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Topic: Can one computer operate two Arduino Uno? (Read 301 times) previous topic - next topic

Dropside

I want to make a CNC router so is it necessary to get another computer for operating Arduino Uno or can I use same computer which I already use to run my first Arduino based CNC router. is it possible. If yes, please tell me how can I do that

pert

can I use same computer which I already use to run my first Arduino based CNC router.
Almost certainly, yes.

please tell me how can I do that
We'd probably need more information to give any specific advice on this. My guess is the CNC software on your computer that sends the G-code is using the serial port of your Uno for communication. When you plug multiple Unos into your computer, each will get its own serial port. So you just need to select the correct serial port in the CNC software for each Uno.

UKHeliBob

The complication is that if you want to use the IDE with two Arduinos then if you have only one instance of it running then if you do file/new or open an existing program then all of the programs using the single IDE instance will use the same COM port.  Change the port in one and they all change

The way round this is to open two (or more) instances of the IDE then each can use a different COM port
Please do not send me PMs asking for help.  Post in the forum then everyone will benefit from seeing the questions and answers.

Dropside

So that means there is no problem to do that???

UKHeliBob

So that means there is no problem to do that???
If that question refers to reply #2, then there is no problem having two instances of the IDE open at the same time, each with an Arduino with a different COM port
Please do not send me PMs asking for help.  Post in the forum then everyone will benefit from seeing the questions and answers.

DrAzzy

So that means there is no problem to do that???
Yup, lots of us do it all the time.

As far as the computer itself is concerned, an Arduino (with some exceptions for less common boards) just looks like a serial port, and you can have as many of those connected as you want and have USB ports/hubs to connect them to.

I think my personal record is like 5-6 serial ports, 3 of them for an Arduino itself, and the others connected to one of those devices, but not to the port used for programming.

As UKHeliBob noted, if you have multiple sketches open with one "instance", they will all share the same board/port/etc options. If you open a second "instance" (by opening Arduino again, while it is already running), that will be a second "instance" and will not share settings with the first. Note that it is not particularly clear which windows are associated with what instance. Whenever the last window associated with an instance is closed, any changes made to preferences, as well as currently open sketch, will be saved. But these caveats are generally nuisances at worst.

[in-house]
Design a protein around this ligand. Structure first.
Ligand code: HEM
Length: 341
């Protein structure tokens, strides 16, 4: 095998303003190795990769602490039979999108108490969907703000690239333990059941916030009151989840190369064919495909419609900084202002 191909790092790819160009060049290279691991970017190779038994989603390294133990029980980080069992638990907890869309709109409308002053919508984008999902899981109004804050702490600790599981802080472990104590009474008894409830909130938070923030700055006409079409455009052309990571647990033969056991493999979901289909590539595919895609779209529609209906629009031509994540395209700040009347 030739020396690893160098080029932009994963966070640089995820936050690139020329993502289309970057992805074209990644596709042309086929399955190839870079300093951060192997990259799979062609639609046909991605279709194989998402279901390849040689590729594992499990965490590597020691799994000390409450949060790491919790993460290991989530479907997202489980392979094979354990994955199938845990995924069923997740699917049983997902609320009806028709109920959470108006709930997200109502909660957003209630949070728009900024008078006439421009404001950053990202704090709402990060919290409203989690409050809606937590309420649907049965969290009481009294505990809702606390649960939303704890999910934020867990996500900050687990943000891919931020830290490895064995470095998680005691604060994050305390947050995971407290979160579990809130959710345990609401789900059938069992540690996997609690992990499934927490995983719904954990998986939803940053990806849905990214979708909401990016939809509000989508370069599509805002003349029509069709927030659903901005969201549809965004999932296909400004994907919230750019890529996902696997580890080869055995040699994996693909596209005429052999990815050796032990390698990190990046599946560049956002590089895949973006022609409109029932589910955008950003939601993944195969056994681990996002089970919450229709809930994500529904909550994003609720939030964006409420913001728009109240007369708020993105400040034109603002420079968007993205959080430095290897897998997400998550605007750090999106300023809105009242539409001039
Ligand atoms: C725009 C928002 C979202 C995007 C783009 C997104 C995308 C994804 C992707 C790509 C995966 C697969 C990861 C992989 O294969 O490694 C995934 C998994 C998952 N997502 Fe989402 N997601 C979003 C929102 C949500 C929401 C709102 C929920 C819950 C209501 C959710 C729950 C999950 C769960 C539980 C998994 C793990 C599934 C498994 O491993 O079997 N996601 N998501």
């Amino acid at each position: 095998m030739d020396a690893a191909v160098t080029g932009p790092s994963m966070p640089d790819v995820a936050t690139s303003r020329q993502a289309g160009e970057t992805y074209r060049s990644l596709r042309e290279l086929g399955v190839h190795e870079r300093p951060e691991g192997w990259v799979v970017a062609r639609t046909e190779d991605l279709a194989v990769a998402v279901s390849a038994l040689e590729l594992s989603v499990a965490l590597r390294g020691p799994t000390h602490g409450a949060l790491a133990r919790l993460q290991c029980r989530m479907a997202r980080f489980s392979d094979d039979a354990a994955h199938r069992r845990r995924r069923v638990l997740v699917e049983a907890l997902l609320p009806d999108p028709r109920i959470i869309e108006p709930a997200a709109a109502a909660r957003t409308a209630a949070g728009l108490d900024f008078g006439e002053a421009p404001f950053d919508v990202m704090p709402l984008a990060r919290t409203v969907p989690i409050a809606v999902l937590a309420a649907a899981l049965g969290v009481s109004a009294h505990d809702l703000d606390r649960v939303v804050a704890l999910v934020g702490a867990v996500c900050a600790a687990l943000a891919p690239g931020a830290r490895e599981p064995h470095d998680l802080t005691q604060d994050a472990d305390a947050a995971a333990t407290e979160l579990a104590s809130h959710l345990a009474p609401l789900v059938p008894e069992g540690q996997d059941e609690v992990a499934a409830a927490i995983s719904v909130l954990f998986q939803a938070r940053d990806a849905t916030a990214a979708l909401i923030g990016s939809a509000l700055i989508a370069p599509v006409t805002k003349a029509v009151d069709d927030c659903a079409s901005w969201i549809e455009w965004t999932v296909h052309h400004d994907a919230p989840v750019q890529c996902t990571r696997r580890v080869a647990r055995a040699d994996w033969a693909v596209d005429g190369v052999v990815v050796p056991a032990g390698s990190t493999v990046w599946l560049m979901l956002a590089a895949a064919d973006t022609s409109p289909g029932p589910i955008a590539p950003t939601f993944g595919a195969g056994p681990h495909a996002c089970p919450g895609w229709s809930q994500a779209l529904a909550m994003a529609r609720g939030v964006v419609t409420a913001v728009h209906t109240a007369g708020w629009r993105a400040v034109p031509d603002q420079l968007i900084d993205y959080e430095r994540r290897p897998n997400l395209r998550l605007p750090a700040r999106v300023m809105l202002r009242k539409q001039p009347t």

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ballscrewbob

Over 14 live boards here and up to 3 CNC machines too, so I can give this a most definite YES.

Bob.

It may not be the answer you were looking for but its the one I am giving based on either experience, educated guess, google or the fact that you gave nothing to go with in the first place so I used my wonky crystal ball.


henuzm

#8
Feb 19, 2020, 06:57 am Last Edit: Feb 20, 2020, 05:54 am by henuzm
Step 1: Basic Connections. First, you have to connect both Arduinos to each other. ...
Step 2: Add LED to the Secondary Arduino. Connect one of the Arduinos to a breadboard and connect an LED to that breadboard. ...
Step 3: Adding the Potentiometer. ...
Step 4: Master Arduino Code. ...
Step 5: Slave Arduino Code. ...
2 Discussions.
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sterretje

Step 1: Basic Connections. First, you have to connect both Arduinos to each other. ...
I don't think that that is what OP asked for. I think that the question is about using on PC to operate the CNC and at the same time do programming or use a second Arduino for other purposes on the same PC.
If you understand an example, use it.
If you don't understand an example, don't use it.

Electronics engineer by trade, software engineer by profession. Trying to get back into electronics after 15 years absence.

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